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Reviews Written by
T. Leadbeater (Leeds, UK)
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Citizens: A Chronicle of The French Revolution
Citizens: A Chronicle of The French Revolution
by Simon Schama
Edition: Paperback
Price: £16.59

1 of 1 people found the following review helpful
3.0 out of 5 stars Potted, 19 Jun. 2012
Some additions to my understanding - the ancien regime was more innovative than stagnant, Beaumarchais looks interesting - but overall it reduced and fogged my vision of the revolution in the swirl of personalities. Crucial developments are lost amidst dramatic episodes and vignettish digressions.

I would take the advice of others about better books, especially to start with.

BTW Dickens Tale of Two Cities which got me re-interested in FR is a cracking read.


The Passage
The Passage
by Justin Cronin
Edition: Paperback
Price: £6.99

2 of 6 people found the following review helpful
1.0 out of 5 stars Vampire Western, 4 Jun. 2011
This review is from: The Passage (Paperback)
I Am (Very Long) Legend meets How the West Was Won (Again). White settler quest with orcs as the Indians. Oh dear oh dear.


Underworld
Underworld
by Don DeLillo
Edition: Paperback

2 of 3 people found the following review helpful
3.0 out of 5 stars Blown Away, 21 Aug. 2008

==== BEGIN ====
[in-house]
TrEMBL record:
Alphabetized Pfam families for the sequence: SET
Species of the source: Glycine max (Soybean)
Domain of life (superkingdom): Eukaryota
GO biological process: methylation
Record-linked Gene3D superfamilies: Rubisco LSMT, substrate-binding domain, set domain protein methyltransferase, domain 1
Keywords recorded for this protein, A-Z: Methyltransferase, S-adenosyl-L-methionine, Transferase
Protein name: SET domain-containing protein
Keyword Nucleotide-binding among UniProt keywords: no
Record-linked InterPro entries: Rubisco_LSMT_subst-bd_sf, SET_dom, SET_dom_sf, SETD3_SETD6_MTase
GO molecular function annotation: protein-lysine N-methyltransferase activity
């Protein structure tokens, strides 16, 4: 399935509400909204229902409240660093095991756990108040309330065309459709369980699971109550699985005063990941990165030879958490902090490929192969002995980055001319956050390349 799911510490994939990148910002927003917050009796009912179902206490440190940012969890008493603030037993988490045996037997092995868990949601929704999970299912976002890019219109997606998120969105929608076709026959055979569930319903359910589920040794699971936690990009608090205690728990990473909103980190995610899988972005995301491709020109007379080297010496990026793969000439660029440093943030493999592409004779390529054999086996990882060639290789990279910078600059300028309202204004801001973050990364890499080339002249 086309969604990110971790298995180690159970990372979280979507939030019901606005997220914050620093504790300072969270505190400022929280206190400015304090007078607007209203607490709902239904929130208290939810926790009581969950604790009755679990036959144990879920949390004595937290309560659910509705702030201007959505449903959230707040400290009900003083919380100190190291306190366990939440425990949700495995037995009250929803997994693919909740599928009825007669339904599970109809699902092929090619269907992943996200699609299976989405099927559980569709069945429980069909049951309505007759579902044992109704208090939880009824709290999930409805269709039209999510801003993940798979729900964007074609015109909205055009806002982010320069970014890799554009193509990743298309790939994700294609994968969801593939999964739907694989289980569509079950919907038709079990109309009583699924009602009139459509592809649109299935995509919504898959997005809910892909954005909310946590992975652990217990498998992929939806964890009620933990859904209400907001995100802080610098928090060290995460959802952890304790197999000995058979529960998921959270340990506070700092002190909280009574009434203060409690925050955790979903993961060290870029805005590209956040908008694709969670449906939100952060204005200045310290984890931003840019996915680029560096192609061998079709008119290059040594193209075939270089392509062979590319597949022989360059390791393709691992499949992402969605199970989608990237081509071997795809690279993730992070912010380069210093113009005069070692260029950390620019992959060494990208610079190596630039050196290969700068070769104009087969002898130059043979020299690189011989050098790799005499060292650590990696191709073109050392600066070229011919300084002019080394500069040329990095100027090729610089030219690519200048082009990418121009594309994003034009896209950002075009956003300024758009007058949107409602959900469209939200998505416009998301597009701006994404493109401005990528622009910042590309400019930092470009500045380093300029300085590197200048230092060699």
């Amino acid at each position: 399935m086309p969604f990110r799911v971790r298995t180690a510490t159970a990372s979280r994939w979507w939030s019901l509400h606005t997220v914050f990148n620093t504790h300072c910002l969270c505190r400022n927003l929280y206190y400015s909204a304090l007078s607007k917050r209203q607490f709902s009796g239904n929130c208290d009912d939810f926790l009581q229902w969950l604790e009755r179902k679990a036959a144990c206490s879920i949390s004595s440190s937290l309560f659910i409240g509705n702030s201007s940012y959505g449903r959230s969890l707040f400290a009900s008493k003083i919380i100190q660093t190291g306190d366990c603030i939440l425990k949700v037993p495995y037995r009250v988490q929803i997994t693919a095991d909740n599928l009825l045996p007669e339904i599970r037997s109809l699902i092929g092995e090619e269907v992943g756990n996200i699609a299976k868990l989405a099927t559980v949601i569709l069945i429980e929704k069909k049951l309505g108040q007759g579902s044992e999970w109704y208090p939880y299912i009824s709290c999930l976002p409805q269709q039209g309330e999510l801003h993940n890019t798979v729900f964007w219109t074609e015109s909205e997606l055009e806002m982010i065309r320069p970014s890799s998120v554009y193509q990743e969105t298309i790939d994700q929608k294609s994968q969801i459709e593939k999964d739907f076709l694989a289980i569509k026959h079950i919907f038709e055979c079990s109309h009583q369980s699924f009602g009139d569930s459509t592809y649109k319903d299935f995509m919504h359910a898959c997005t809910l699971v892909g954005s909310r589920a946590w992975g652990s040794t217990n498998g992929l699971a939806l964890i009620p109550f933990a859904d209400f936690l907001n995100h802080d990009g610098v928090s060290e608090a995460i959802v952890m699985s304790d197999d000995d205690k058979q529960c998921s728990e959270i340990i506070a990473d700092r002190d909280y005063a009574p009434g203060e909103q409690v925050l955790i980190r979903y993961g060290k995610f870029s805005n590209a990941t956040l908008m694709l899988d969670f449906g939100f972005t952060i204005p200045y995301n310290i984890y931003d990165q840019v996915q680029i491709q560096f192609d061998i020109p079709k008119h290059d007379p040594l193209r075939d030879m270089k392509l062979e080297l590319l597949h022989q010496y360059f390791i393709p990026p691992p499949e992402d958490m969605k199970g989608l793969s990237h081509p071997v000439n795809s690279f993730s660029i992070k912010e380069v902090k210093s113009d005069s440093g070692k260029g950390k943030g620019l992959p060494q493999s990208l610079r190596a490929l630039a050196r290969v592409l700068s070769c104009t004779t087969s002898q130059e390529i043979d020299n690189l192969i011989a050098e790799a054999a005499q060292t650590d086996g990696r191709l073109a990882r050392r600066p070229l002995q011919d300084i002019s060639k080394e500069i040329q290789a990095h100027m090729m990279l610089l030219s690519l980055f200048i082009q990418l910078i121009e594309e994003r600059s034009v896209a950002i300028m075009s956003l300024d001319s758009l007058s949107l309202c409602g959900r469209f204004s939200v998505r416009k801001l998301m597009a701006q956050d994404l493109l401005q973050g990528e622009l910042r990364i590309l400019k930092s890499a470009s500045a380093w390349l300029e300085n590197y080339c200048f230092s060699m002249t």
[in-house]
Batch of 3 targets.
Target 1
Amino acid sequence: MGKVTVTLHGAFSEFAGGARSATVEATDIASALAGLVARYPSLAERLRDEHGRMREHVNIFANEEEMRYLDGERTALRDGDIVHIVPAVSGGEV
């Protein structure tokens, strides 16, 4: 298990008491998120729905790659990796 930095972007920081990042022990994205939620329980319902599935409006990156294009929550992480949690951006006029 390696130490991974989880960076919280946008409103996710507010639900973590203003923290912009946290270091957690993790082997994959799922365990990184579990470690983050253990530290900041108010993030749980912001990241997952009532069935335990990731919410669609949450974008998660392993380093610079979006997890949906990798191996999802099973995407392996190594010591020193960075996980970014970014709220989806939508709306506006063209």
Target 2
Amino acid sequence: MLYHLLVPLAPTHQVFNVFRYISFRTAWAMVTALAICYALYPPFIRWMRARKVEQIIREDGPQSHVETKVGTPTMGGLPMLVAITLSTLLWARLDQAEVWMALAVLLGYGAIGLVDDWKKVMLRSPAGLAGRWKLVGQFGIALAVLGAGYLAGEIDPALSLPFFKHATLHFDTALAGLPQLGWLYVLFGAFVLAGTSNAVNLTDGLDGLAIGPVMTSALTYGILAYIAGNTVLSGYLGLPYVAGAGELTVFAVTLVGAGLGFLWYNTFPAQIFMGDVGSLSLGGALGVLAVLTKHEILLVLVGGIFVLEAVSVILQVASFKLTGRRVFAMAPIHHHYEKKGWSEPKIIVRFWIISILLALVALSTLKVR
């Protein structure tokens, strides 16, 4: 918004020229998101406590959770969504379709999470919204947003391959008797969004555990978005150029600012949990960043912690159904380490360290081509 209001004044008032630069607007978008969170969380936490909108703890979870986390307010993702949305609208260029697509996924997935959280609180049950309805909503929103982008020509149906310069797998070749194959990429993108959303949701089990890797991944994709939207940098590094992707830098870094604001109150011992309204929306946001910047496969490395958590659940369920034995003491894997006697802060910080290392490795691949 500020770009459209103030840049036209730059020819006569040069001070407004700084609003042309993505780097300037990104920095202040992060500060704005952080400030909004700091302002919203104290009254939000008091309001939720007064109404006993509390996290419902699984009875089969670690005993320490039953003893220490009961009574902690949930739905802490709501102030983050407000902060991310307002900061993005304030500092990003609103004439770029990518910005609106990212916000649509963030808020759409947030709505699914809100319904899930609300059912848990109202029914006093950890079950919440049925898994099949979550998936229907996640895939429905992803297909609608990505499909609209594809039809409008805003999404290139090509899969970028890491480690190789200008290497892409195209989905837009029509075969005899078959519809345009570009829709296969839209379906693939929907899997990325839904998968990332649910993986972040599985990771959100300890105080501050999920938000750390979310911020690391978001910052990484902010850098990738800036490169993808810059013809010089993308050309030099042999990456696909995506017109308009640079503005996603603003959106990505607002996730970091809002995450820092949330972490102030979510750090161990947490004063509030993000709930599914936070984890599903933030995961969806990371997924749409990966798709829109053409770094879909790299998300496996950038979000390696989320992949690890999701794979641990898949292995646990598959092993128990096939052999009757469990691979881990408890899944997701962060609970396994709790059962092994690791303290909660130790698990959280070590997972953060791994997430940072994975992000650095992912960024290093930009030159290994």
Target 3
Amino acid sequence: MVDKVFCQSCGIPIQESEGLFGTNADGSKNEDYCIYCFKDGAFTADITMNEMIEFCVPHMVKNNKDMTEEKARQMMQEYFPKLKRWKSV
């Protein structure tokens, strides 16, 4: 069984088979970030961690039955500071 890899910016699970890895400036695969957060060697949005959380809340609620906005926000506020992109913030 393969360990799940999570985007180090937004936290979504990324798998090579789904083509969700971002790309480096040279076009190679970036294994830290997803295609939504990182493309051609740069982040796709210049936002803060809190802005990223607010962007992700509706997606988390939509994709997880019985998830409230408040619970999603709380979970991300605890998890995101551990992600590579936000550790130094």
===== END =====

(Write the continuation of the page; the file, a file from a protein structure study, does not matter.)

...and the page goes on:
This review is from: Underworld (Paperback)
The opening chapter blows (you) away. Published three years before 9-11, this is a riveting multi-focal account of a baseball game incorporating historical and fictional characters, which climaxes with thousands of pieces of paper floating down from the stands and characters hanging from walls before falling to earth as they drop to invade the pitch. Creepily prescient for a "Great American Novel" about the Cold War and after.

The next section cuts promisingly to the desert and a modern artistic community painting B52s in dry storage, observed from a hot-air balloon. A cast of believable characters emerges, the dialogue is sharp and the scenes visualise well but then what else? Loads of men beefing and joking about this and that; 'under'-themes of conspiracies and waste (garbage managers, sewage, radioactive deserts); women who enter in order to generate a little desultory adultery.

This is a man's world and a man's book written as a literary giant killer (the anxiety of influence for the author; the anxiety of not having read the new Ulysses for the reader).

After 300 (/800) pages of great writing but little sign of a plot, I just stopped. So I'd agree with Mr B.


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